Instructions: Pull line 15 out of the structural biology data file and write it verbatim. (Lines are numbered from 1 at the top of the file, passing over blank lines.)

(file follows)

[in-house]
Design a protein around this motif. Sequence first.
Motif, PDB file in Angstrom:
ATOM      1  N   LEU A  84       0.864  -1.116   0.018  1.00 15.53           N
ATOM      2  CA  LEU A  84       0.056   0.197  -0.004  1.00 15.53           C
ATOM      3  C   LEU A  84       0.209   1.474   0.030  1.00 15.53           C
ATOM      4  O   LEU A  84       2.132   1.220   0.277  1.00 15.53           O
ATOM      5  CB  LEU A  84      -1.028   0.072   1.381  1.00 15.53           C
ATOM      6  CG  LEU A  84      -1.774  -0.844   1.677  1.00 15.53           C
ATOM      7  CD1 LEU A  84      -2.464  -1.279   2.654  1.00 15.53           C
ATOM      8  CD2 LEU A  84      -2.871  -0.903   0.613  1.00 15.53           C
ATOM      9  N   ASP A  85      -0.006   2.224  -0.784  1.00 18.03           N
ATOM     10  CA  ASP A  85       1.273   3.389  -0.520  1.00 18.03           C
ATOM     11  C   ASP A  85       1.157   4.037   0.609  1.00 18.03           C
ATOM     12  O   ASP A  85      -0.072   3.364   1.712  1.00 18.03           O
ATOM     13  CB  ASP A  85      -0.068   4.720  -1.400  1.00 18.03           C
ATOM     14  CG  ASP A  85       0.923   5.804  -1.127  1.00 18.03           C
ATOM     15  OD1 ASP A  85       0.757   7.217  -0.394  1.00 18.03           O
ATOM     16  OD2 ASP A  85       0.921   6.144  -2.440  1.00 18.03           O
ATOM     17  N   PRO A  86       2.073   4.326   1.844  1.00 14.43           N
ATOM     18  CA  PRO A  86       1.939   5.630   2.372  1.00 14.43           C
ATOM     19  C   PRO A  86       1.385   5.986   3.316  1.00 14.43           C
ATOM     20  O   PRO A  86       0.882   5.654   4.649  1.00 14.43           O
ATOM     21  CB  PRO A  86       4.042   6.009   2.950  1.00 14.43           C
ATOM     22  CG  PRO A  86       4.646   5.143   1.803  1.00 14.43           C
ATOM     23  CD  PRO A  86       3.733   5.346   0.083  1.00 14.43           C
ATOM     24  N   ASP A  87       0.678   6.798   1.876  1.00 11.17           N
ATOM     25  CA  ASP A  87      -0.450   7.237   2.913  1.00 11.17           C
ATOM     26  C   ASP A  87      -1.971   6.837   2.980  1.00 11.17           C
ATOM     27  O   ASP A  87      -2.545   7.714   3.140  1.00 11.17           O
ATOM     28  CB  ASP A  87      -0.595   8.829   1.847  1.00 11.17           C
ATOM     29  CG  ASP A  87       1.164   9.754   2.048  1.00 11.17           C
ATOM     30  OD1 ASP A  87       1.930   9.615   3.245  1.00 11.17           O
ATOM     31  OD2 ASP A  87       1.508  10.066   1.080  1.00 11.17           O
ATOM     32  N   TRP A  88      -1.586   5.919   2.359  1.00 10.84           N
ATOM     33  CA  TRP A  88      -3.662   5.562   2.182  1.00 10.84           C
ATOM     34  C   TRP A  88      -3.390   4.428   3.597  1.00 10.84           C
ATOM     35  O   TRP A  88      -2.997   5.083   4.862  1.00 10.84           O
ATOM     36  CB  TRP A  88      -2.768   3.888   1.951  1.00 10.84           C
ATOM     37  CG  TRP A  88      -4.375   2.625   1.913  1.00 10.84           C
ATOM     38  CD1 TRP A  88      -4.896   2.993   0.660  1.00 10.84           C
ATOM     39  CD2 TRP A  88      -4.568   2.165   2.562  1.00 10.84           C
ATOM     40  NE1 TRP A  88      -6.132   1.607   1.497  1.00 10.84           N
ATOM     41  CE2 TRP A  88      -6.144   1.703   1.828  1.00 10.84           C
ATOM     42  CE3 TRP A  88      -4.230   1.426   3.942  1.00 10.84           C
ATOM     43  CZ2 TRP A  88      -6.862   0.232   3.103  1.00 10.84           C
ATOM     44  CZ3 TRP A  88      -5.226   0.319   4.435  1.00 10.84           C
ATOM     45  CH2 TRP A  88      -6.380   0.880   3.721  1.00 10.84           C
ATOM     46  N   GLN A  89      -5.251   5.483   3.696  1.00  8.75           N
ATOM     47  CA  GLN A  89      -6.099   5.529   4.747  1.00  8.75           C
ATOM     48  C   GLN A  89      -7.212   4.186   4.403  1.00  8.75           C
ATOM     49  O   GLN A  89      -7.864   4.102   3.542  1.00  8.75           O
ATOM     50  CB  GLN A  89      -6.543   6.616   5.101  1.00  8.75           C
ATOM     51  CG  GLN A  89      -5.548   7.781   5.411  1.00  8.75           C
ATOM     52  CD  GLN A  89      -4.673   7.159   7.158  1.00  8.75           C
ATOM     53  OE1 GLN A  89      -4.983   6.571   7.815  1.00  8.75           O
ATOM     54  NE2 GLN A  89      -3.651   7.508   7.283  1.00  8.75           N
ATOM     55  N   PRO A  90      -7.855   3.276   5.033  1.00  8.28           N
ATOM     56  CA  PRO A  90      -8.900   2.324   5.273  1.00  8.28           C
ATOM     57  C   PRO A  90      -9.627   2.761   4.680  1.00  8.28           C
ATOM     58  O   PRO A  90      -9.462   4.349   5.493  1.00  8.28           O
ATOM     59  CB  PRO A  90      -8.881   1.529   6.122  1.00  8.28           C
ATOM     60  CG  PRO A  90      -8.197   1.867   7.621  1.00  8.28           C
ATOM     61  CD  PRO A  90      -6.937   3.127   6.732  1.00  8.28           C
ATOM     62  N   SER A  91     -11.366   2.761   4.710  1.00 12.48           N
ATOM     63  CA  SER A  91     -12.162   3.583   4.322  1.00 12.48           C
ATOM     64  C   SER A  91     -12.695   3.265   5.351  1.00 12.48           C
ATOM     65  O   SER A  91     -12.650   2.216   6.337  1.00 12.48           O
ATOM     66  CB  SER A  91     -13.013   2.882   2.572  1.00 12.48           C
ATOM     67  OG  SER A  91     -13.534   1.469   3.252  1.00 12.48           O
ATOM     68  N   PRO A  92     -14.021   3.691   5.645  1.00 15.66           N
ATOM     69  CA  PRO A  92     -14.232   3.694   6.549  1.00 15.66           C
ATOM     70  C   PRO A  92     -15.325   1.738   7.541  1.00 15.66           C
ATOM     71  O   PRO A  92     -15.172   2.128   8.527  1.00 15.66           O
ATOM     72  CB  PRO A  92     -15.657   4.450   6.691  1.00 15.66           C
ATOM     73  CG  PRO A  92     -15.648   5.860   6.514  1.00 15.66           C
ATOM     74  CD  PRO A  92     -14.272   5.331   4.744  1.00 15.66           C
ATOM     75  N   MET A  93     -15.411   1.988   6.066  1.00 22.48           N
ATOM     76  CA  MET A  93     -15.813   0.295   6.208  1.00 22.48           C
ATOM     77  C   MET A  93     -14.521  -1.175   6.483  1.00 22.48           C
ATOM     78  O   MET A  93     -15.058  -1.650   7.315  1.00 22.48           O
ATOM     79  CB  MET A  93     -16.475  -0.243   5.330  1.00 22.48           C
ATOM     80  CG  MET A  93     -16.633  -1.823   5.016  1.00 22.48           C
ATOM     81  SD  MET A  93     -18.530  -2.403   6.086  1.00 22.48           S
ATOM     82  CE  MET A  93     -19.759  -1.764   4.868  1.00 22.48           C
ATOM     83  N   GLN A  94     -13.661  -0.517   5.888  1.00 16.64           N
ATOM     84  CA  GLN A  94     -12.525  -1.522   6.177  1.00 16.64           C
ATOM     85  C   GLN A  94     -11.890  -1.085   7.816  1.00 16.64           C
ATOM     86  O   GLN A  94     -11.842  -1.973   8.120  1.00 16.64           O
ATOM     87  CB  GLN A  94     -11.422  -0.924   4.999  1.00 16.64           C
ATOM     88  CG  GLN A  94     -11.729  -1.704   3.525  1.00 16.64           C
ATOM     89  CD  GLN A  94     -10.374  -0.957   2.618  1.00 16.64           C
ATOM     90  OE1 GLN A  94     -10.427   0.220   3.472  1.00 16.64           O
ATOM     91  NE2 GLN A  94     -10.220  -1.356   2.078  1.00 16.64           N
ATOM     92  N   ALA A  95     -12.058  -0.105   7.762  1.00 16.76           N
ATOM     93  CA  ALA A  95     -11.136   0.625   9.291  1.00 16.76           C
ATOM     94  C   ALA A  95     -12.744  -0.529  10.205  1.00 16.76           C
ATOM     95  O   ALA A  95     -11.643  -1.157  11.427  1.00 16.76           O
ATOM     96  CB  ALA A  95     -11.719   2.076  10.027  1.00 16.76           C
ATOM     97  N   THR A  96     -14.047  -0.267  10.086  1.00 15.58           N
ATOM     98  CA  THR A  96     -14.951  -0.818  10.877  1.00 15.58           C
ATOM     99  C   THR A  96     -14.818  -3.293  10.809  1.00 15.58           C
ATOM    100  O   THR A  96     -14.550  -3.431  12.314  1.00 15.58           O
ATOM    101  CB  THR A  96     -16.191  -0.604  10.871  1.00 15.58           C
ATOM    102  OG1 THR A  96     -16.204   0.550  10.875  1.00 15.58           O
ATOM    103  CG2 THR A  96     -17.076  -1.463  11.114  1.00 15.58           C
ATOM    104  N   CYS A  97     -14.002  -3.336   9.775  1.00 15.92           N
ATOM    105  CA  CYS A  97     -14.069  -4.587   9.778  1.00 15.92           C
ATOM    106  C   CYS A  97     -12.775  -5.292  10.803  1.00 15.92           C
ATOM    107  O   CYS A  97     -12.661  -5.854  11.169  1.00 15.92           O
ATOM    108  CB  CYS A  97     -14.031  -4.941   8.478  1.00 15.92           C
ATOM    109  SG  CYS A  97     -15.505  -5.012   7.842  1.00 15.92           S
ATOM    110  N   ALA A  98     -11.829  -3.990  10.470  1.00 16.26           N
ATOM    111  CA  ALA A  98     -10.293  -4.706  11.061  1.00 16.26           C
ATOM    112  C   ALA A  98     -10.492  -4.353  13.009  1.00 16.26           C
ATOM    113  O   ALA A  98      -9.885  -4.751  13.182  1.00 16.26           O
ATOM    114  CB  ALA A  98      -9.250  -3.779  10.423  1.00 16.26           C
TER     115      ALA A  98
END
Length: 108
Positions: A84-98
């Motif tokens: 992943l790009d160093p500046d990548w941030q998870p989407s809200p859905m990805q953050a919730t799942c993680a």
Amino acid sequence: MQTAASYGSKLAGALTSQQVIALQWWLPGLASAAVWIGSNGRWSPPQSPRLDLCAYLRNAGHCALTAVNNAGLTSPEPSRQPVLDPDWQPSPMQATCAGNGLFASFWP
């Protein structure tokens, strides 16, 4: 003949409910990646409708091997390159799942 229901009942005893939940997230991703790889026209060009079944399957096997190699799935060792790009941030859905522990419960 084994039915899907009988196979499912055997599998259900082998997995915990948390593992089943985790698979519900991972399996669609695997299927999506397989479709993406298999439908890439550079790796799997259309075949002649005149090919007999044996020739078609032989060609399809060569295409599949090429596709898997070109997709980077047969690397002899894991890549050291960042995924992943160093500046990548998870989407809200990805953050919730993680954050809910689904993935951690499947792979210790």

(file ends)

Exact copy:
ATOM     12  O   ASP A  85      -0.072   3.364   1.712  1.00 18.03           O